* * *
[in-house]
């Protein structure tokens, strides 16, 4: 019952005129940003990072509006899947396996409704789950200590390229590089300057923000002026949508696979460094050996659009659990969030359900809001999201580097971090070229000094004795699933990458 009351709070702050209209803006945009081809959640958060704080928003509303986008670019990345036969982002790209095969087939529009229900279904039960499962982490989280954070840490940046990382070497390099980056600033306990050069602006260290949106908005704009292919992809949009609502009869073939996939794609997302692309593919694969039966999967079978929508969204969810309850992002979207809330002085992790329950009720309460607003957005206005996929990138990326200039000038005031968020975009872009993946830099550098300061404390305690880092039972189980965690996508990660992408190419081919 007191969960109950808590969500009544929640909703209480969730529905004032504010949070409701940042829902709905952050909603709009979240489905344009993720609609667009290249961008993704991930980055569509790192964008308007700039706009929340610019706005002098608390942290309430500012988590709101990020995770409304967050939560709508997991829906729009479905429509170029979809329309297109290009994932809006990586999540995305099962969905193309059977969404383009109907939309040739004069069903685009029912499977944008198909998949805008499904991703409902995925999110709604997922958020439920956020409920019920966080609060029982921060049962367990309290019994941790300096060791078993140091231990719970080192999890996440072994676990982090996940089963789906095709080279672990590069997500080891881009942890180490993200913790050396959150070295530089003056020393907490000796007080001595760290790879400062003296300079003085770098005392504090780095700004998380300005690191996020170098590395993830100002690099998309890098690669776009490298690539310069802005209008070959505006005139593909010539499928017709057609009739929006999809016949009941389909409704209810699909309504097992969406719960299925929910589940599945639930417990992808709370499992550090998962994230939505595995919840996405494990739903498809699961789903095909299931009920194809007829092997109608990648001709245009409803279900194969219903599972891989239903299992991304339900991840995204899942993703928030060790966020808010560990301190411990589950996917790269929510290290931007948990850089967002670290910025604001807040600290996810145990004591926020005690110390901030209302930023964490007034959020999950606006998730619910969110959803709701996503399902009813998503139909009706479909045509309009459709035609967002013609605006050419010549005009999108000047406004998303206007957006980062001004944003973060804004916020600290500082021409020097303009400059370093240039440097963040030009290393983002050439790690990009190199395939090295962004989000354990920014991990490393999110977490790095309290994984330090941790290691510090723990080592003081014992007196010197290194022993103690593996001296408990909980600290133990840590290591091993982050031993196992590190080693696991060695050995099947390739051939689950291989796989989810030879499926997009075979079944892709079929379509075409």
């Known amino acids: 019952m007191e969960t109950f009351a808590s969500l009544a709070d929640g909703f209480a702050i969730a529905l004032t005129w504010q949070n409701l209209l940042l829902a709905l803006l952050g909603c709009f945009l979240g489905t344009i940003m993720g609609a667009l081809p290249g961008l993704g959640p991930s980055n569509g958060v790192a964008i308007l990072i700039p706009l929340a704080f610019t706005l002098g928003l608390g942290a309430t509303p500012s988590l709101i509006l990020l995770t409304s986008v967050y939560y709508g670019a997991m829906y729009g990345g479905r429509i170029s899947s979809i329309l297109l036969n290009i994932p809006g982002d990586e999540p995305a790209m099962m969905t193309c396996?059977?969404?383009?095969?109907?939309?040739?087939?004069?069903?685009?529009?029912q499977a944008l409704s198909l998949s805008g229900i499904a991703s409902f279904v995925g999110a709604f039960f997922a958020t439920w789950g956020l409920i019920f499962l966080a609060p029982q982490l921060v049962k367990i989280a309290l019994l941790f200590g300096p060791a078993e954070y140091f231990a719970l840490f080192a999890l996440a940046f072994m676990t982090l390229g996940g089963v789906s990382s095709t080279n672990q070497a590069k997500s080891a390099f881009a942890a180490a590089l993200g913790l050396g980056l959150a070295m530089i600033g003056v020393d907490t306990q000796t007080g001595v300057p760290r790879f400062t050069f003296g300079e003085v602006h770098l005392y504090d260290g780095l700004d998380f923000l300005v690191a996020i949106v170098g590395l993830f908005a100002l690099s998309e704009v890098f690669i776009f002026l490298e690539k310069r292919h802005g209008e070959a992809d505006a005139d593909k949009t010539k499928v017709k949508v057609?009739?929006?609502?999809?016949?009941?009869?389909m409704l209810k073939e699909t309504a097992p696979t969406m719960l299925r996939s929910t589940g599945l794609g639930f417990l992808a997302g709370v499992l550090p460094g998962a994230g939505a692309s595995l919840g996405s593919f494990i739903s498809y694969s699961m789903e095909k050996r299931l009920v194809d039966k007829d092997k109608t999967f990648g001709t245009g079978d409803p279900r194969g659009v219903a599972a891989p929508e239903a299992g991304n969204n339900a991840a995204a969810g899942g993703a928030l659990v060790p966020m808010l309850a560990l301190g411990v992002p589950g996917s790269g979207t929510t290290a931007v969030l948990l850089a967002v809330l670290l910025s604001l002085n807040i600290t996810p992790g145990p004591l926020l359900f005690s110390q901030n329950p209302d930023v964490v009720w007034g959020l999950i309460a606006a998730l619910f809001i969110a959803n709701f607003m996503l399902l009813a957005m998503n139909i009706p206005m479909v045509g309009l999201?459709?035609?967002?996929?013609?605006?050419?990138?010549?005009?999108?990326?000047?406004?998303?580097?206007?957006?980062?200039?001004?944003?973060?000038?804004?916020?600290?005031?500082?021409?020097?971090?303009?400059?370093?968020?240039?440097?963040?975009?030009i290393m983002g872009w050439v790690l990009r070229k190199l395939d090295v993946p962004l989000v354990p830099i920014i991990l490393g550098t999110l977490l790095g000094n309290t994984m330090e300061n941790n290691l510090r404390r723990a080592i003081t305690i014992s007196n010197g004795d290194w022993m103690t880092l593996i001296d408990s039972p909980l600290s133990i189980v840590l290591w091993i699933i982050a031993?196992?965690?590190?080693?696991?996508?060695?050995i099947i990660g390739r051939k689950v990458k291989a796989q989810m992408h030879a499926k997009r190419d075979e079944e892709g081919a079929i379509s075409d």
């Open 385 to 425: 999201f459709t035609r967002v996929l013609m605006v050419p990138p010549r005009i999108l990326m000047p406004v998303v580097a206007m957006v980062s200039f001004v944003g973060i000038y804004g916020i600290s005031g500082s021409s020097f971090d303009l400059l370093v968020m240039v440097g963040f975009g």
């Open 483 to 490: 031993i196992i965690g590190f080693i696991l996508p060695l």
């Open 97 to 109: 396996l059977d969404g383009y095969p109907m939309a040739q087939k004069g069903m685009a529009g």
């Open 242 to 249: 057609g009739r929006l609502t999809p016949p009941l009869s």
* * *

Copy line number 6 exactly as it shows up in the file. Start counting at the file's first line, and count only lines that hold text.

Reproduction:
């Open 97 to 109: 396996l059977d969404g383009y095969p109907m939309a040739q087939k004069g069903m685009a529009g």